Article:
Deep Heat Mining Basel
Deep Heat Mining Basel , also known as the Deep Heat Mining project , was a joint project by Geopower Basel AG and Geothermal Explorers Ltd. for the generation of electricity and heat from geothermal energy (geothermal energy) by means of deep drilling in the Basel area . The Basel facility is a pilot project as part of the Swiss Deep Heat Mining Project . The project was definitely discontinued in 2010.
The planned system should work on the principle of a flow heater . A pump first presses water to create a system of fissures in the earth's crust ( hot dry rock process or hot fractured rock process ). Cold water is pumped into the cavities obtained, the water heats up and is pumped back to the surface.
This process was to be used commercially for the first time in Basel. The water heats up to 200 degrees Celsius and is then pumped back to the surface of the earth. A heat exchanger extracts the energy for the production of electricity with turbines in a closed system , the remaining heat is dissipated as district heating. Investments of around 80 million Swiss francs were budgeted for the construction of the plant. In addition to Geopower Basel AG, the cantons of Basel-Stadt and Basel-Landschaft and various energy service providers were involved in the construction.
The location was chosen because of the special tectonic location. Basel lies at the southeast end of the Upper Rhine Rift . This was created at a point where around 40 million years ago southern Germany rose to form a large vault and the earth's crust was stretched. This activity subsided around 10 million years ago and led to a wide rift and a subsidence of several thousand meters between the Vosges and the Black Forest . The strain caused a natural circulation of hot pore water in the rock. For example, rock can be found at a depth of five kilometers that, at 200 degrees Celsius, is suitable for heat recovery.
The suitability of the Basel region for this project, as Energie Zukunft Schweiz claimed on its website in 2007, was confirmed in 2001 by exploratory boreholes to a depth of 2700 meters.
In 2005 the first test drilling took place at Zoll Otterbach with a depth of 2700 meters. This hole formed the basis for a feasibility study on which the project was based. The project envisaged that three test drillings with a depth of between 2,700 and 5,000 meters in the Kleinhüningen and St. Johann area would be carried out over a period of three years . The aim was to prove that the rock can actually be fissured with the help of injected water. The associated power plant should be built by 2009.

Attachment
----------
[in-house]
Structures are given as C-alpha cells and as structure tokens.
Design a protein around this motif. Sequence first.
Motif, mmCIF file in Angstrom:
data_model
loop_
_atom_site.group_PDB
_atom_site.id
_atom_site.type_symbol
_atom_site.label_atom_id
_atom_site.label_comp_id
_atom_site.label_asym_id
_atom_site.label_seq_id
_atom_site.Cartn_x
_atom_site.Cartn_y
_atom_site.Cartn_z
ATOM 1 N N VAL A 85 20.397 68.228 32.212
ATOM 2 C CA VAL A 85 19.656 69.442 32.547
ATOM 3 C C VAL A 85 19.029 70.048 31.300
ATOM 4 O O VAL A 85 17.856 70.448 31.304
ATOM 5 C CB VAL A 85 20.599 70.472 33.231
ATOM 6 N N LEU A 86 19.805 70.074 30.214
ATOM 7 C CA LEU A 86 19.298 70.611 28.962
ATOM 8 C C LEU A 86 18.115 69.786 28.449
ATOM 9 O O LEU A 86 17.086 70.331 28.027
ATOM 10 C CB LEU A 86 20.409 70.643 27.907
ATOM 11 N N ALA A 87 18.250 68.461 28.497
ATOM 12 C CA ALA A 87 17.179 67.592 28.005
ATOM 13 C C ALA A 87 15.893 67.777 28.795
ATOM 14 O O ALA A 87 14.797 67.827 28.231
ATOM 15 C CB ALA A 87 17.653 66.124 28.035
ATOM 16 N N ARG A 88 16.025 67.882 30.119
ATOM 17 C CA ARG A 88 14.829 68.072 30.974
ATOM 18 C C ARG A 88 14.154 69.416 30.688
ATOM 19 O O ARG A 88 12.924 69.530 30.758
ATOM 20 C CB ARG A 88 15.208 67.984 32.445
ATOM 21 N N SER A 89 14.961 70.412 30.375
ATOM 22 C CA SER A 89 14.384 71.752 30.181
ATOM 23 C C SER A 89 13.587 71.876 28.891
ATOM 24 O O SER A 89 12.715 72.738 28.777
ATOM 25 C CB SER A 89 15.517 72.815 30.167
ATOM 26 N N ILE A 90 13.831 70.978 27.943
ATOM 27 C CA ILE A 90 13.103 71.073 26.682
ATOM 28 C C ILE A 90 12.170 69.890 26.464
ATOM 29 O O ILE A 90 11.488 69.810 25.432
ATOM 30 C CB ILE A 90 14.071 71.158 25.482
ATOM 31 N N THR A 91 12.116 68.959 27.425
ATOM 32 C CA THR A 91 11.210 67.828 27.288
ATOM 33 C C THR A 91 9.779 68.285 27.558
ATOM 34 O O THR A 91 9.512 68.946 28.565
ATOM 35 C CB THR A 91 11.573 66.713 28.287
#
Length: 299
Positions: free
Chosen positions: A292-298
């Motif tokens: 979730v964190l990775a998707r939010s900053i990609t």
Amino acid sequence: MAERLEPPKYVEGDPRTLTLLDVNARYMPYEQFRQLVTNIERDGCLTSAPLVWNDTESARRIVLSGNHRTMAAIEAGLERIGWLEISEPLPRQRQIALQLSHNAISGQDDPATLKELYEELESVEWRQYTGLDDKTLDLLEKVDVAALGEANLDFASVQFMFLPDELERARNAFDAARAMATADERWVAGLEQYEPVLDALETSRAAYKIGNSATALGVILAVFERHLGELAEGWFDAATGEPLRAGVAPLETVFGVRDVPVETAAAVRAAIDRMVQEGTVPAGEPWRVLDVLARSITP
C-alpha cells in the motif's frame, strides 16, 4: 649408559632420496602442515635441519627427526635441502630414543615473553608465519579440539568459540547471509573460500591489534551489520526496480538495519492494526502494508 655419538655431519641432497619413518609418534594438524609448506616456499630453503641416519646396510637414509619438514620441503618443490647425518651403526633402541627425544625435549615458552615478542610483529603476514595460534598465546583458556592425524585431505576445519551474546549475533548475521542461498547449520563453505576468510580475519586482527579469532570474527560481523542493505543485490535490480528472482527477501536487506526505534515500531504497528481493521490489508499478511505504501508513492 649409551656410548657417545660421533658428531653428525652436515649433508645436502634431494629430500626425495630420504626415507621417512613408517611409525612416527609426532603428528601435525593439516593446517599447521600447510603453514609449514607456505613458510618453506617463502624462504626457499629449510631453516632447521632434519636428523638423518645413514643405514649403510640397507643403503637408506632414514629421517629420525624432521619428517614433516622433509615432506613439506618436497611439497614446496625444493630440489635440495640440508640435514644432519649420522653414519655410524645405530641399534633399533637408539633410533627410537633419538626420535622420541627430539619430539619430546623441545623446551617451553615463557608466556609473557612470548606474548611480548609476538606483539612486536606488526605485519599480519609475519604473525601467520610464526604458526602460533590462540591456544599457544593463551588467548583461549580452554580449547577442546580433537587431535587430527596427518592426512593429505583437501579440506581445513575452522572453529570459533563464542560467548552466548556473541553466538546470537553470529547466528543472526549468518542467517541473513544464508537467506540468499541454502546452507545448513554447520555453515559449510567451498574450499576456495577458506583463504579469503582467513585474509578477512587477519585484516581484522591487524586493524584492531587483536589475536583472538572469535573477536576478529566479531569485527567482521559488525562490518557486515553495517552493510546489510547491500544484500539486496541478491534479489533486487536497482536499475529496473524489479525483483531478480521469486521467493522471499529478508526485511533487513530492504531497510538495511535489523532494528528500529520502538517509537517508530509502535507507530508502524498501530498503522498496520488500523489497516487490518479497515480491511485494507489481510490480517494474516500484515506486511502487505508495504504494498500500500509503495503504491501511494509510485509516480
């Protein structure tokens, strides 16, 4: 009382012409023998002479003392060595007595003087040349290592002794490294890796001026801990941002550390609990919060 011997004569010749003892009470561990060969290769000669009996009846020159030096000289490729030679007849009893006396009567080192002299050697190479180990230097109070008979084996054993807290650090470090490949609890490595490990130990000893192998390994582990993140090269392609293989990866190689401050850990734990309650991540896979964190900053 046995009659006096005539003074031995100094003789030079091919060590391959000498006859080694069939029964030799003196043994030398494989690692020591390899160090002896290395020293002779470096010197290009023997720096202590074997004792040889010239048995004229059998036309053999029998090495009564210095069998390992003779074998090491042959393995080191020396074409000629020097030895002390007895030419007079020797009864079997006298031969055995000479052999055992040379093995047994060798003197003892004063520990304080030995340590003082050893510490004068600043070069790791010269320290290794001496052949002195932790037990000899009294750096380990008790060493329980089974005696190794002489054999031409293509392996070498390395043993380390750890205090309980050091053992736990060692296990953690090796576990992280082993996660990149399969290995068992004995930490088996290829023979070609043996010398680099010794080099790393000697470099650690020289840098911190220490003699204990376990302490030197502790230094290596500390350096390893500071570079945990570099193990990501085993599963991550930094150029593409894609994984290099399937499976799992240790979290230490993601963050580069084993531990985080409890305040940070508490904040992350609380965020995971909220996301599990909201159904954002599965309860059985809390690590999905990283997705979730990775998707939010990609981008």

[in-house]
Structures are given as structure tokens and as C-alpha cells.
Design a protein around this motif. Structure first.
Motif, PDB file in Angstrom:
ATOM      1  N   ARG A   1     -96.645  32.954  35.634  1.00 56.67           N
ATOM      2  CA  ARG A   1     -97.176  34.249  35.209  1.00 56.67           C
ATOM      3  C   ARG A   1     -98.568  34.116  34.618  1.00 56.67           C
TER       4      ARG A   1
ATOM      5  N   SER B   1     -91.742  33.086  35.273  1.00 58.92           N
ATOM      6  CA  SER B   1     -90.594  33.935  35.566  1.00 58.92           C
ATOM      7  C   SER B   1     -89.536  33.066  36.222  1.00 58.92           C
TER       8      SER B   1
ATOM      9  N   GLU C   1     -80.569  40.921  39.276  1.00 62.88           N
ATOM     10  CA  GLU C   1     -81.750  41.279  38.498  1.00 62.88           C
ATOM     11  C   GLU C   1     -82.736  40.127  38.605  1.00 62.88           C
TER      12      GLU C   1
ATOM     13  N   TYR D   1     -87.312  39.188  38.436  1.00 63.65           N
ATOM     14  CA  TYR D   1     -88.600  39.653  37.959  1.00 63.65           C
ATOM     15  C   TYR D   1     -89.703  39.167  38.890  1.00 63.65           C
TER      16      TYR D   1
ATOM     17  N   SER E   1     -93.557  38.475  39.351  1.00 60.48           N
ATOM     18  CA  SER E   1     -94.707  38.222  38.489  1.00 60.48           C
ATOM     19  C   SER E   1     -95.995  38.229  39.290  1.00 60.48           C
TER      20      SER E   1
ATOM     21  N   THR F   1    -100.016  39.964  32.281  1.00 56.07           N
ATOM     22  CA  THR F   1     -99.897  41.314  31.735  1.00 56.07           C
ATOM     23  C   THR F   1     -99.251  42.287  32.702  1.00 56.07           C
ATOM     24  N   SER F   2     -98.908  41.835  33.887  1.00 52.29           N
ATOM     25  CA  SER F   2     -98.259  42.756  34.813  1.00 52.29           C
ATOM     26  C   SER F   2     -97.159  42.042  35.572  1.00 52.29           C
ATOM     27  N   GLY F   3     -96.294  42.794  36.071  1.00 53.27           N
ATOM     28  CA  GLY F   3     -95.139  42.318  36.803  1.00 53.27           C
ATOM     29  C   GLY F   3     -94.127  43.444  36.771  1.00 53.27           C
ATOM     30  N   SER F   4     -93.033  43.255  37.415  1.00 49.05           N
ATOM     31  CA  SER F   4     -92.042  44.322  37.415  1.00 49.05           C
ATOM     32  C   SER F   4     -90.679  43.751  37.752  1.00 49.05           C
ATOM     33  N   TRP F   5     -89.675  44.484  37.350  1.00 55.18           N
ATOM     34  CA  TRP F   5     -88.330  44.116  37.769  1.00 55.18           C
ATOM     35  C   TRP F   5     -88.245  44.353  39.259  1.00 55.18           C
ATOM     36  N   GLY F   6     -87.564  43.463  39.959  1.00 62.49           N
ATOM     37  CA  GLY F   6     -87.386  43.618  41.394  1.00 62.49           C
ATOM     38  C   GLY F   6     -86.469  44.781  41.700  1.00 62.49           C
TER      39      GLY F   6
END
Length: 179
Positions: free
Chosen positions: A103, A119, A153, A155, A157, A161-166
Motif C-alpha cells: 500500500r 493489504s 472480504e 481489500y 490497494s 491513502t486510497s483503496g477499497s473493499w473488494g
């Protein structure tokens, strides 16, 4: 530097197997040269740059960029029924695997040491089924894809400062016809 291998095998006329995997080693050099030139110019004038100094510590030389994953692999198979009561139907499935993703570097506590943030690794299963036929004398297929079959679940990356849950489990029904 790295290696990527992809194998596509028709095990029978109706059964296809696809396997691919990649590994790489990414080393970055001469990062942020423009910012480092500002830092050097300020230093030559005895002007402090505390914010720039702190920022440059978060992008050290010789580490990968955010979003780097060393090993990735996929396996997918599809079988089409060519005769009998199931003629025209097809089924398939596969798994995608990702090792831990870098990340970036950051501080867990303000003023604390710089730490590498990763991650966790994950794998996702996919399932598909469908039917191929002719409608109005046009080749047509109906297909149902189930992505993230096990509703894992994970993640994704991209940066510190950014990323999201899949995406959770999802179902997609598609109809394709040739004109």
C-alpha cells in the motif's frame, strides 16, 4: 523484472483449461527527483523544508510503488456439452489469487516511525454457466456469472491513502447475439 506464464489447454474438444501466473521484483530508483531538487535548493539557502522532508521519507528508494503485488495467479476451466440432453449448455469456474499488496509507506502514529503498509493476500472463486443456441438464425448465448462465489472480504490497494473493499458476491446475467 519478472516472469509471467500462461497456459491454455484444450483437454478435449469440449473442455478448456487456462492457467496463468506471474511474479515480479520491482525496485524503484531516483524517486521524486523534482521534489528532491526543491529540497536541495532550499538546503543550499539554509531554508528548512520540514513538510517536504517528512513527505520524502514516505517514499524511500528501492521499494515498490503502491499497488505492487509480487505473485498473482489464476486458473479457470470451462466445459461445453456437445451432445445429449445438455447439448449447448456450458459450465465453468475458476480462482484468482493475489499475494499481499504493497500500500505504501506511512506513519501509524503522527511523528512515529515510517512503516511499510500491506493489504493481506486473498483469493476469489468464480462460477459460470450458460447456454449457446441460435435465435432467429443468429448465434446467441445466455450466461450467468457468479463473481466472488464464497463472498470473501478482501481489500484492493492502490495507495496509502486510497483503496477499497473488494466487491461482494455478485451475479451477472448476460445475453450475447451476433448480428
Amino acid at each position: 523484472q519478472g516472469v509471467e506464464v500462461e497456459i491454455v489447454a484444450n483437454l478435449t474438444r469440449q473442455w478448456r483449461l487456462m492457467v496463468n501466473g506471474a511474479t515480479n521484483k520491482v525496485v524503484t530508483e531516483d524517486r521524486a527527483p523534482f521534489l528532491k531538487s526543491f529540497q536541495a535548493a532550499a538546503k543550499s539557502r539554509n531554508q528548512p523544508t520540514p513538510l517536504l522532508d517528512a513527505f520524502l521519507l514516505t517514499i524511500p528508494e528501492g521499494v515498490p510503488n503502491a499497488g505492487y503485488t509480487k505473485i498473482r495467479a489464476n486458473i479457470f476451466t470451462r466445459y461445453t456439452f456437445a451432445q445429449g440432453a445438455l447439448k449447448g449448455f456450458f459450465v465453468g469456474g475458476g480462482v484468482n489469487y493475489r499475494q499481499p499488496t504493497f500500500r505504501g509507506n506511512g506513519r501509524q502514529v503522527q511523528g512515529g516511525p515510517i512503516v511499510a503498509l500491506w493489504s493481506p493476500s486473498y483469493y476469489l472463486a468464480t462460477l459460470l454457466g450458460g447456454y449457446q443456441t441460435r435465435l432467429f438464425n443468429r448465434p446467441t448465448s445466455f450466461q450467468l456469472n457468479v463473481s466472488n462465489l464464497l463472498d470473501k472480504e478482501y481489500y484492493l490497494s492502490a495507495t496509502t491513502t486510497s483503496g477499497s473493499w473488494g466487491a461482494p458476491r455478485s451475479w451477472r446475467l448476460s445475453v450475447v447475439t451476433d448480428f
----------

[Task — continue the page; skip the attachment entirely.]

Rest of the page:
Induced earthquake ( induced seismicity )
In December 2006, a test borehole to a depth of 5000 m was carried out in Kleinhüningen. After that, water was pumped into the rock to fracture the rock and increase its permeability. It was expected that small earthquakes, so-called microquakes, would occur. However, these earthquakes should only be able to be recorded by highly sensitive measuring devices and at the same time provide information about the success of the project.
When water was injected in December 2006, there were not only the expected smaller earthquakes, but also stronger, noticeable earthquakes up to a magnitude of 3.5 (local Richter magnitude ). An earthquake with a magnitude of 3.4 occurred on the evening of December 8, 2006 . Smaller vibrations were already noticeable during the day. As a result, there were numerous smaller earthquakes with a magnitude of 0.5 to 1 and another earthquake with a magnitude of 3.1 on January 6, 2007, although the water pressure in the borehole was reduced immediately after the first severe tremor. The seismic tremors had not subsided by February 2007. On January 6, January 16 and February 2, further earthquakes with magnitudes over 3 occurred, and on March 20 one with a magnitude of 2.9.
There was no major damage, but the population was unsettled. Geopower Basel AG had the derrick dismantled after the event and stopped the project for the time being. The Basel authorities re-examined the project and a discussion about its continuation developed. Geothermal experts said in the newspaper Die Welt that these artificially triggered earthquakes could reduce the risk of a new Basel earthquake . According to the Swiss Seismological Service , however, this effect is negligible.
The public prosecutor's office in Basel raised against the managing director of Geothermal Explorers Ltd. Accusation. The court later acquitted the geologist.
It was decided to discontinue the project because, according to an existing risk analysis, further severe earthquakes and damage of around CHF 40 million would have been expected during the plant construction alone. In addition, damage of around six million Swiss francs per year can be expected during operation.
Due to an increase in micro-earthquakes, the borehole in Kleinhüningen has been briefly opened weekly since July 2017 to relieve pressure. In the autumn the pressure was completely relieved; the borehole is now left open to prevent it from rising again.
- The deep heat mining project in Basel. Information from the Swiss Seismological Service about the project
- Homepage of Geopower Basel AG (not updated since 2007)
- Geothermal Switzerland
- Documents on the canton's geothermal project
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- Deep Heat Mining and Seismology. The deep heat mining project in Basel, Swiss Seismological Service (SED)
- Technical and geological background. The deep heat mining project in Basel, Swiss Seismological Service (SED)
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